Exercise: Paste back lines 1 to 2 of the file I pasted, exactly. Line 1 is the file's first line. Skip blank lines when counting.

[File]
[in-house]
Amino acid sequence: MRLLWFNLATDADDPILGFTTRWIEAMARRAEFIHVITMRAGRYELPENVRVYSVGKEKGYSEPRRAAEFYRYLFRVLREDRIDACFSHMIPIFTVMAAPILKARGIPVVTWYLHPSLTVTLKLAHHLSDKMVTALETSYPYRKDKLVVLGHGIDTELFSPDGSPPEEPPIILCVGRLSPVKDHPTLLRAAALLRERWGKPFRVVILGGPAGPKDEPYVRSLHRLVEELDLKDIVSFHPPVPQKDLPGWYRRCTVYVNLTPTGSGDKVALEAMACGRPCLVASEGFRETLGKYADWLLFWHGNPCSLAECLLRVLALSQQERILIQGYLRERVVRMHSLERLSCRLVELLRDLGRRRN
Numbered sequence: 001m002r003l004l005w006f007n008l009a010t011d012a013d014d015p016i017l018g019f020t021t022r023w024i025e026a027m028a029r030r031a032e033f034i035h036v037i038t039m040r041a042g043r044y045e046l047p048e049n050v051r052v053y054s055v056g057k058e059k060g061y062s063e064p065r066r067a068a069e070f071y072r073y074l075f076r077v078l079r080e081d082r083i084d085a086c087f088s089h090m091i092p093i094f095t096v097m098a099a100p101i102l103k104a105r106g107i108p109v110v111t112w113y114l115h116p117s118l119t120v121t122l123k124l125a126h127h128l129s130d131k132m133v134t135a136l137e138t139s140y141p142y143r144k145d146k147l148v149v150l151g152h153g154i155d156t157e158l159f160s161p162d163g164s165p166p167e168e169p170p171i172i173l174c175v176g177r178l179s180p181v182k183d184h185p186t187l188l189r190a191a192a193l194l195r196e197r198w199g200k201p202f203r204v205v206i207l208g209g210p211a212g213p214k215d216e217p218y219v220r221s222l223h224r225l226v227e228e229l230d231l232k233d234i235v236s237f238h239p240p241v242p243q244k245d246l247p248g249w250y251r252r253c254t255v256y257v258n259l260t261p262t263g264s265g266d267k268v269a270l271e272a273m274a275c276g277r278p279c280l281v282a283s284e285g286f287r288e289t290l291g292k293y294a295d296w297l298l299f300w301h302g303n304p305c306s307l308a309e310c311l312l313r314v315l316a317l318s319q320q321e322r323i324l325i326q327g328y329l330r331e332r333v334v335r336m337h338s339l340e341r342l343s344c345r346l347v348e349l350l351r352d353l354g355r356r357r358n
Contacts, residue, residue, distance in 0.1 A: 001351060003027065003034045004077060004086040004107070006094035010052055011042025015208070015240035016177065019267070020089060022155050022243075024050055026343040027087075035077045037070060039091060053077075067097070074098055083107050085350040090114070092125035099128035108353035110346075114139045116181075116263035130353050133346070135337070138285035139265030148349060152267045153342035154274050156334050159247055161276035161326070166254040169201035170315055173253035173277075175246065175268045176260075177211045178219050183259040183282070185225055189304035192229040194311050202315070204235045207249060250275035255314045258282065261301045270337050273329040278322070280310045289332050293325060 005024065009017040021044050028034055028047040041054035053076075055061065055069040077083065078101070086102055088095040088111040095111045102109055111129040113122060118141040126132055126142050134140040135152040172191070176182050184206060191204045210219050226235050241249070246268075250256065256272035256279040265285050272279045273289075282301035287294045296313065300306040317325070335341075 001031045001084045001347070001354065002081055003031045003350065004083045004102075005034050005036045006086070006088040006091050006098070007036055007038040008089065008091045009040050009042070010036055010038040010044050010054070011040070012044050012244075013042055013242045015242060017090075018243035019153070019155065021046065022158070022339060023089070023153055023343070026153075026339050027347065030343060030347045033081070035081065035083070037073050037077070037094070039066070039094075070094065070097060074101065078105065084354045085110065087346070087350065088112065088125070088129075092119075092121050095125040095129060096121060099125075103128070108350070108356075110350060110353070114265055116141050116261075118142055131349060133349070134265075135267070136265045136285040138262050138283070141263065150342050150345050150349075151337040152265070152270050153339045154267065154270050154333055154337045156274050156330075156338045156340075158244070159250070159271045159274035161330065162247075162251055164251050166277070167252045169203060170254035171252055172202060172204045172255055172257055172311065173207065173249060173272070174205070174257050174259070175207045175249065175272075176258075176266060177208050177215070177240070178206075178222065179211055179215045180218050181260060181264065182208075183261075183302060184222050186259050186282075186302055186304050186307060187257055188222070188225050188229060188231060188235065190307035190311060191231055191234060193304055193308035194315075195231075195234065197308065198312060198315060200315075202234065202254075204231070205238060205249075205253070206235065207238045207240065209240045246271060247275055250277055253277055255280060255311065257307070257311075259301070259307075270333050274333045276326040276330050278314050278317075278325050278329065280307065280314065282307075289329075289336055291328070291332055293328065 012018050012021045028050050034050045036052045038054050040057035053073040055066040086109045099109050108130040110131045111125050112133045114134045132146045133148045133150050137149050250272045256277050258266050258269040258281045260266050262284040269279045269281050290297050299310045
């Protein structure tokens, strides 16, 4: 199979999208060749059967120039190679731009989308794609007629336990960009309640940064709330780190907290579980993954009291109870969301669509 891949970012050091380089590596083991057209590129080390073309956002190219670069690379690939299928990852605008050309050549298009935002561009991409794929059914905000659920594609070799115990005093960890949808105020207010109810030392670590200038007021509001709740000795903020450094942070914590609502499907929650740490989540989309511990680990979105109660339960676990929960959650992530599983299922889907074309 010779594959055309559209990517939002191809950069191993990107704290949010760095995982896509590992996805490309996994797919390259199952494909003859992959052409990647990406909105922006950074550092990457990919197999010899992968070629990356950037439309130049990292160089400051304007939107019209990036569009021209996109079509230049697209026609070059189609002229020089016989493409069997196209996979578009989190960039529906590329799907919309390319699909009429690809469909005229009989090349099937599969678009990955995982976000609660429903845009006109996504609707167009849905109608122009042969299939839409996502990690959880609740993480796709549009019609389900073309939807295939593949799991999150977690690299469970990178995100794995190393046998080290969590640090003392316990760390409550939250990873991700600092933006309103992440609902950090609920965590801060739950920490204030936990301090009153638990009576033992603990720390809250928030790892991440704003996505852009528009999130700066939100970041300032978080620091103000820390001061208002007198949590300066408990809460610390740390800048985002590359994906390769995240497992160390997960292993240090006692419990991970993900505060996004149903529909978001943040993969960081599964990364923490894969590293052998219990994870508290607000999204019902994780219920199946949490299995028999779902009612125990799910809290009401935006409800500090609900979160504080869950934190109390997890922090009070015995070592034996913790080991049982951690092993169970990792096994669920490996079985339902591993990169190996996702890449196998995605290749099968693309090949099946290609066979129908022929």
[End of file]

[in-house]
Amino acid sequence: MRLLWFNLATDADDPILGFTTRWIEAMARRAEFIHVITMRAGRYELPENVRVYSVGKEKGYSEPRRAAEFYRYLFRVLREDRIDACFSHMIPIFTVMAAPILKARGIPVVTWYLHPSLTVTLKLAHHLSDKMVTALETSYPYRKDKLVVLGHGIDTELFSPDGSPPEEPPIILCVGRLSPVKDHPTLLRAAALLRERWGKPFRVVILGGPAGPKDEPYVRSLHRLVEELDLKDIVSFHPPVPQKDLPGWYRRCTVYVNLTPTGSGDKVALEAMACGRPCLVASEGFRETLGKYADWLLFWHGNPCSLAECLLRVLALSQQERILIQGYLRERVVRMHSLERLSCRLVELLRDLGRRRN